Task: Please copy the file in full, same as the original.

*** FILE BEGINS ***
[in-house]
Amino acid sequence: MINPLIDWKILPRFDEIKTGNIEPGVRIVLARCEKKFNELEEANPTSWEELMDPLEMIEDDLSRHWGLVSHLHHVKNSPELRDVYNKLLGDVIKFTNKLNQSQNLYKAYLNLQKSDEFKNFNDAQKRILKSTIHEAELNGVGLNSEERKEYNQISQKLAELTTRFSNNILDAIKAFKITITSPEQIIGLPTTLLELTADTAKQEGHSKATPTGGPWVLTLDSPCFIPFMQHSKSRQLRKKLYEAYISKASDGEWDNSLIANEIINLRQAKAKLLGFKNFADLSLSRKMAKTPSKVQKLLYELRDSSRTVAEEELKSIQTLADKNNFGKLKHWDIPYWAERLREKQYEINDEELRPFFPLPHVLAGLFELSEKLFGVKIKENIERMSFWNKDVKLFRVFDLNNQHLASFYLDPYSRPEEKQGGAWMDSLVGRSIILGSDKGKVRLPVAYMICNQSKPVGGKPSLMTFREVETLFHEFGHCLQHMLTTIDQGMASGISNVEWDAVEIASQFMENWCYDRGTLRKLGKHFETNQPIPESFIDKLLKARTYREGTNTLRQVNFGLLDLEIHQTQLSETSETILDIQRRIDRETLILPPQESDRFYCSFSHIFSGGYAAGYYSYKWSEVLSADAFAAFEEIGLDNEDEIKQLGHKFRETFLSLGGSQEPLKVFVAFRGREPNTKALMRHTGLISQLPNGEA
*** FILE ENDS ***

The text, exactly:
[in-house]
Amino acid sequence: MINPLIDWKILPRFDEIKTGNIEPGVRIVLARCEKKFNELEEANPTSWEELMDPLEMIEDDLSRHWGLVSHLHHVKNSPELRDVYNKLLGDVIKFTNKLNQSQNLYKAYLNLQKSDEFKNFNDAQKRILKSTIHEAELNGVGLNSEERKEYNQISQKLAELTTRFSNNILDAIKAFKITITSPEQIIGLPTTLLELTADTAKQEGHSKATPTGGPWVLTLDSPCFIPFMQHSKSRQLRKKLYEAYISKASDGEWDNSLIANEIINLRQAKAKLLGFKNFADLSLSRKMAKTPSKVQKLLYELRDSSRTVAEEELKSIQTLADKNNFGKLKHWDIPYWAERLREKQYEINDEELRPFFPLPHVLAGLFELSEKLFGVKIKENIERMSFWNKDVKLFRVFDLNNQHLASFYLDPYSRPEEKQGGAWMDSLVGRSIILGSDKGKVRLPVAYMICNQSKPVGGKPSLMTFREVETLFHEFGHCLQHMLTTIDQGMASGISNVEWDAVEIASQFMENWCYDRGTLRKLGKHFETNQPIPESFIDKLLKARTYREGTNTLRQVNFGLLDLEIHQTQLSETSETILDIQRRIDRETLILPPQESDRFYCSFSHIFSGGYAAGYYSYKWSEVLSADAFAAFEEIGLDNEDEIKQLGHKFRETFLSLGGSQEPLKVFVAFRGREPNTKALMRHTGLISQLPNGEA